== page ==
Have you ever had one of those days where nothing went right, where you could not buy a lucky break? Well today was nothing like that!
Lyani woke me up around 08:30, in time to have breakfast with her before she had to leave for school. We ate apples and yogurt: a Japanese brand called Meiji Bulgaria (Japanese people know two things about Bulgarians, they eat lots of yogurt and they are good at gymnastics)! After Lyani left, I checked my email, read the news (which is mostly a euphamism for reading my daily blogs: Gaweeka, I am a Japanese School Teacher / Kancho Assassin, Naked Suit, Politics Schmolitics, and Rude Boy, Rude Girl; and my daily comics: Alpha-Shade, Ctrl+Alt+Del, Dilbert (of course), FoxTrot, Mega Tokyo, Penny Arcade, and User Friendly. I do read the actual news as well (Yahoo! News and the superlative Google News, just not as thoroughly!
I started a load of laundry--boy it is nice to finally have a laundry machine in our apartment (actually, ours is on our rear balcony)--then sat down to play a little UN Squadron on ZSNES an Open Source Super Nintendo emulator. Ian, I know you remember many happy hours spent with UN Squadron on your SNES!
My thrist for retro gaming (yes, I am a contributor to this book--look for it in stores by mid-October) sated, I headed into the kitchen to rustle up some grub; in this case, a grilled cheese sandwich and some potato chips served quite nicely. After finishing lunch, I set out for Yokohama Station, and the all-important Citibank ATM located just outside of the West Entrance. Until Lyani's scholarship arrives, we have been paying the Citibank ATM regular visits, as it can be quite expensive to live in Japan. Luckily, Citibank ATMs charge almost nothing for international withdrawls--in fact, I think it is just the standard $1 charge, plus your bank's $1 charge--and they deliver the precious Fukuzawas (the ichi man yen satsu--10,000 yen bill--is graced by the face of Fukuzawa Yukichi, who was an important Meiji-era educator).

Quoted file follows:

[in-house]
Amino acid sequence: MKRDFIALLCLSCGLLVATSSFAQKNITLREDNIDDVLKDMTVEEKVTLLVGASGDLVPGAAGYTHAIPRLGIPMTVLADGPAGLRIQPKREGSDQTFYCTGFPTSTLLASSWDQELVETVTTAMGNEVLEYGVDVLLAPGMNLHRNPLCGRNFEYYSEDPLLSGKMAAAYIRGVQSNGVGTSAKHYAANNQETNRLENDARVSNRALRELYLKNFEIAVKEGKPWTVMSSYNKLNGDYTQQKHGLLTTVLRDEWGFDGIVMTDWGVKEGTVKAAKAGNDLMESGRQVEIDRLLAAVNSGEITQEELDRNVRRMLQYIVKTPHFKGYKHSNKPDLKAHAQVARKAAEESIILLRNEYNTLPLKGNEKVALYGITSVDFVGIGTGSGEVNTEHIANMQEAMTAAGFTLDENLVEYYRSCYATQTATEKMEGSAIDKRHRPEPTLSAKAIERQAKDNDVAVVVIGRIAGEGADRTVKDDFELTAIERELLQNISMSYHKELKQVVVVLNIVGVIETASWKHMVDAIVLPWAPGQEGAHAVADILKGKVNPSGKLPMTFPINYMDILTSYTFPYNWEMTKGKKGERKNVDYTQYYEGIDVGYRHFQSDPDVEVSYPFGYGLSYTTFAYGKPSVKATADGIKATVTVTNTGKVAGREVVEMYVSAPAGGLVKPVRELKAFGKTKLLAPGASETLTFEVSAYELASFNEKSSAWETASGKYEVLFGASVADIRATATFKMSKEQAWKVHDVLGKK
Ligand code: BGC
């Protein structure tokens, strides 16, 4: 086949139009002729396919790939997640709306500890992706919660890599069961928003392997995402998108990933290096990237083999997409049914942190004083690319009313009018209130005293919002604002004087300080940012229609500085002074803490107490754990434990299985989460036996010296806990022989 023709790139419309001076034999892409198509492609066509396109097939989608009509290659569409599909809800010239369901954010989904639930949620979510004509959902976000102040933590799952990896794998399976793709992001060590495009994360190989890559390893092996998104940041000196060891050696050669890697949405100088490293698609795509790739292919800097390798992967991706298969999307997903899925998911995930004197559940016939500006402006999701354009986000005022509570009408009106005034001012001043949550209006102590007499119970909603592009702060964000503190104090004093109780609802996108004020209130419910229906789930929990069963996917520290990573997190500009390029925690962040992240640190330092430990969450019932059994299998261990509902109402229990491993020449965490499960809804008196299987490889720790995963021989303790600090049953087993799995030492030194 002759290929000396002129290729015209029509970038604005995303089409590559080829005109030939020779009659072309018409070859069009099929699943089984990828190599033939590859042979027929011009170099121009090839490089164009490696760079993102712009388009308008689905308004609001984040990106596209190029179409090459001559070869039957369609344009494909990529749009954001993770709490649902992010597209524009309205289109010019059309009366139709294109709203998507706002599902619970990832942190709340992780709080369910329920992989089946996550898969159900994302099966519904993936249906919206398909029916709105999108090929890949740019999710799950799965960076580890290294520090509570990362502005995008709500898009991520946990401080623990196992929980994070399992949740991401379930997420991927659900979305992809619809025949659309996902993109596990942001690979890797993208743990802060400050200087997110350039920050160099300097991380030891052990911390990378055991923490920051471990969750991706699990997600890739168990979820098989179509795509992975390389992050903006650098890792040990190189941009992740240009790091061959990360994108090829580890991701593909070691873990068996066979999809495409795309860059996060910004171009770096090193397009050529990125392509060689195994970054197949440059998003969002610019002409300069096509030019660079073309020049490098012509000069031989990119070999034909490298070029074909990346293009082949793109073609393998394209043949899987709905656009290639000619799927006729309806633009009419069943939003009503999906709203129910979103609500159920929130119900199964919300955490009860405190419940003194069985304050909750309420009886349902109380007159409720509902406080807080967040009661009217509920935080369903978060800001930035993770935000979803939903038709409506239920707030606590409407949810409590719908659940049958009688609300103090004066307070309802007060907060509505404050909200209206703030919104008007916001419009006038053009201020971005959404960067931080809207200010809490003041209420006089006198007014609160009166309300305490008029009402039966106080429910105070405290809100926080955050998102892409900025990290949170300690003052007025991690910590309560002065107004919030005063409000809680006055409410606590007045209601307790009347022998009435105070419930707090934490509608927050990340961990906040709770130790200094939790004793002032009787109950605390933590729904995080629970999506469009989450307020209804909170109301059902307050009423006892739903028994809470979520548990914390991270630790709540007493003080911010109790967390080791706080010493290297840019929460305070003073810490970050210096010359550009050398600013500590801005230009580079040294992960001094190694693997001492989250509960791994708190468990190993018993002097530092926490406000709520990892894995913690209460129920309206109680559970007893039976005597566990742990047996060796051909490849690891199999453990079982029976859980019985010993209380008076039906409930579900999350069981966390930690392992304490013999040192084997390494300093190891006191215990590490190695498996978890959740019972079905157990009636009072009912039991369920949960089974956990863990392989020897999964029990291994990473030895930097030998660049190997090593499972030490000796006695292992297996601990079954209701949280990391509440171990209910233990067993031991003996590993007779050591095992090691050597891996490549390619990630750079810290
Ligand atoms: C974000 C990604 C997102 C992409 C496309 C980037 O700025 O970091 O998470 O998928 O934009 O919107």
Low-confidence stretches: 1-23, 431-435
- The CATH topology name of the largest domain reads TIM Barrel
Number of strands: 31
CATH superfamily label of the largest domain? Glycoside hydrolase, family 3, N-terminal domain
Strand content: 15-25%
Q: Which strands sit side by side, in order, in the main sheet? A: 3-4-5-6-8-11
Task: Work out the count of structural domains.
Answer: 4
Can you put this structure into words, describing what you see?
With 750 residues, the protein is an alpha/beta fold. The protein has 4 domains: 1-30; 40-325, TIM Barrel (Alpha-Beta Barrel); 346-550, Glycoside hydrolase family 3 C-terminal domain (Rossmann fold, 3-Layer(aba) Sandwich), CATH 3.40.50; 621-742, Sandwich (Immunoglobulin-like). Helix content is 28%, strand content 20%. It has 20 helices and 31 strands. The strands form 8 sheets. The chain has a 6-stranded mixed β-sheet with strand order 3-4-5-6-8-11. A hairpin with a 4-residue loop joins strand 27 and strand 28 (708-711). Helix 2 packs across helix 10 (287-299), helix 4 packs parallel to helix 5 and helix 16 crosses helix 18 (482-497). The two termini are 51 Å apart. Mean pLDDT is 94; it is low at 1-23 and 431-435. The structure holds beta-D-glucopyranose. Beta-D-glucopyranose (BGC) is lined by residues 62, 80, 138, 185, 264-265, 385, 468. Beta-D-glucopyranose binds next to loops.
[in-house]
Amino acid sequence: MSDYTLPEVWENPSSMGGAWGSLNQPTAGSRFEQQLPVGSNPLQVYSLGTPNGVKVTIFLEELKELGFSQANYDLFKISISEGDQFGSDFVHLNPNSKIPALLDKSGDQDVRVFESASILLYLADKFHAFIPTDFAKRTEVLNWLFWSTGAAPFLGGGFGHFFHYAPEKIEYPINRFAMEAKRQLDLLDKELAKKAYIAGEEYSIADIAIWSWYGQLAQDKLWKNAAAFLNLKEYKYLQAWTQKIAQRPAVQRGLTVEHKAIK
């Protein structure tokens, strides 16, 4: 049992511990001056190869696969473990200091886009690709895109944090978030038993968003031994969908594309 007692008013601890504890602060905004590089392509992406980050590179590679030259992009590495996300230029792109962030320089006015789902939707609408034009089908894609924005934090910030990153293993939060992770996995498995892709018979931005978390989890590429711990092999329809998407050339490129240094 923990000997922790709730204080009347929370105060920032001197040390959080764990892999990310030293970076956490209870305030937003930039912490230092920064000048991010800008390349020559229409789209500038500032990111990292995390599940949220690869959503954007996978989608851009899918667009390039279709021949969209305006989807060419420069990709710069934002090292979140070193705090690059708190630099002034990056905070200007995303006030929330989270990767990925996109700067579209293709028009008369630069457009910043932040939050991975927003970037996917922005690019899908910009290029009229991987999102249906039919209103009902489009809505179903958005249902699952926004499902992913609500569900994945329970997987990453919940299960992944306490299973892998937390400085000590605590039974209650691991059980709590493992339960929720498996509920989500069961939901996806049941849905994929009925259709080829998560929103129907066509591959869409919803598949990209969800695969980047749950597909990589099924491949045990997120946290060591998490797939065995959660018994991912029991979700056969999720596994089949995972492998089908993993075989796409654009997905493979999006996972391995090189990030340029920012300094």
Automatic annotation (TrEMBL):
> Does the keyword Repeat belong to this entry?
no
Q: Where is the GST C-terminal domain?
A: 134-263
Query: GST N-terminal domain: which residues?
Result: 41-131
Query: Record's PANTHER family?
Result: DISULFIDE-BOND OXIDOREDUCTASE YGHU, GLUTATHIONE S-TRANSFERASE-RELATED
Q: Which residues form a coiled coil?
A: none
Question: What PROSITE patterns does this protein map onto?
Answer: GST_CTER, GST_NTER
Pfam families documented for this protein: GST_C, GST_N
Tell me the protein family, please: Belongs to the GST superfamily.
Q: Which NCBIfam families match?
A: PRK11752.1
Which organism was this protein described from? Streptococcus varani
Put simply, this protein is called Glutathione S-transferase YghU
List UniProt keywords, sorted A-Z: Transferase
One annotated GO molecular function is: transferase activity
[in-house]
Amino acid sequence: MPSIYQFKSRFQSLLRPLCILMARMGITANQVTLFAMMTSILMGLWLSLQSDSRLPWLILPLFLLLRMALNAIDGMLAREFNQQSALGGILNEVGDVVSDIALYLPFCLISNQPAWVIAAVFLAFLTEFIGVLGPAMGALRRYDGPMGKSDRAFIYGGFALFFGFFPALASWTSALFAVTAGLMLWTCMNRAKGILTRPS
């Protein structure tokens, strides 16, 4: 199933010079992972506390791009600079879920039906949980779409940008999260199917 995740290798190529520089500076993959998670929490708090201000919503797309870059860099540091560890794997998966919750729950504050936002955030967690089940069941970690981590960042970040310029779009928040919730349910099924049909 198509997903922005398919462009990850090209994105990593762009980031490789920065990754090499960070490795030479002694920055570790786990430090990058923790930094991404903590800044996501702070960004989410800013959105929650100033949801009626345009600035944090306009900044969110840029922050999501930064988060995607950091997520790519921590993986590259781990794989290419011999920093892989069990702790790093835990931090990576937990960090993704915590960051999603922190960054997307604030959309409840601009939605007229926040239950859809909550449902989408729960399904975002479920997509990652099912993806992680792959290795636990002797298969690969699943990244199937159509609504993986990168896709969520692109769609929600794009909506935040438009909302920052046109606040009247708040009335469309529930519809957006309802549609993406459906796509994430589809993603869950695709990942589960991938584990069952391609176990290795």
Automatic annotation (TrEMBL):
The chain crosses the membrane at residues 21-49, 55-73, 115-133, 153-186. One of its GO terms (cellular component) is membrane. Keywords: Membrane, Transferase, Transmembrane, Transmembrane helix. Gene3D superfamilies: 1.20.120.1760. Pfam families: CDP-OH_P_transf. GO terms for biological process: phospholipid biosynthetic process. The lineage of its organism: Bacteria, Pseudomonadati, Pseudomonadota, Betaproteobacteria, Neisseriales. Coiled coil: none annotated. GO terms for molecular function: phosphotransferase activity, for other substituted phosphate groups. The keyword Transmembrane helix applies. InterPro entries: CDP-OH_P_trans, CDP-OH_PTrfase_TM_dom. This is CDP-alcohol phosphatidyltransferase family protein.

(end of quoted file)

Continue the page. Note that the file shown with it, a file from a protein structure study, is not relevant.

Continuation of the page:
The weather was wonderful for walking (23 degrees and sunny), so I first walked past Yokohama Station (pictured at left; click on it to see a slideshow of pictures from around Yokohama) to the Naka Ward Office, to peruse their brochures and maps. From there, I walked to Kannai Station and boarded a train for Yokohama. After taking care of my business at the Citibank ATM, I caught a train from Yokohama Station to Yamate Station, which is one stop east of our station, Ishikawa-cho. From there, I attempted to head south-east to the Naka Ward Public Library, but managed to get pretty lost in the maze-like hills of Yamate. Luckily, I managed to take some pretty decent pictures and had a lovely walk anyway. The highlight of said walk had to be in Honmoku, when I was walking down the street behind three shougaku-sei (elementary school) boys. They were just chatting, but all of a sudden, they started, in unison, to hum the "Imperial Death March" from "Star Wars". You know, Darth Vader's theme? They continued to do this for three blocks or so, and they went through the song. They did not just repeat the main theme. And this was a theme from a trilogy of movies that was made a good ten years before they were even born! Amazing! I should have joined in, but I chickened out.
I did eventually find the library, and obtained a library card in order to check out six books (the maximum). From there, I took a bus (my first this time in Japan) back to our neighbourhood, and got home just a few minutes before Lyani returned from school. I checked the mail, to find a letter from my grandmother, and then Lyani came home with some more good news: her scholarship had arrived! This means that we can now afford to live here!
To celebrate the money, Lyani and I went out to supper at Saizeria, a chain restaurant that offers a Japanese take on Italian food. We used to frequent one back in Kanazawa, so besides the good food, we shared in some good memories.
So today was a good day.
By way of a parting note, allow me to explain the titles of my blog entries. They are all allusions, whether literary, musical, film, or otherwise. Anyone who groks the reference should post what it comes from in the comments. The first person to answer correctly will receive a cookie!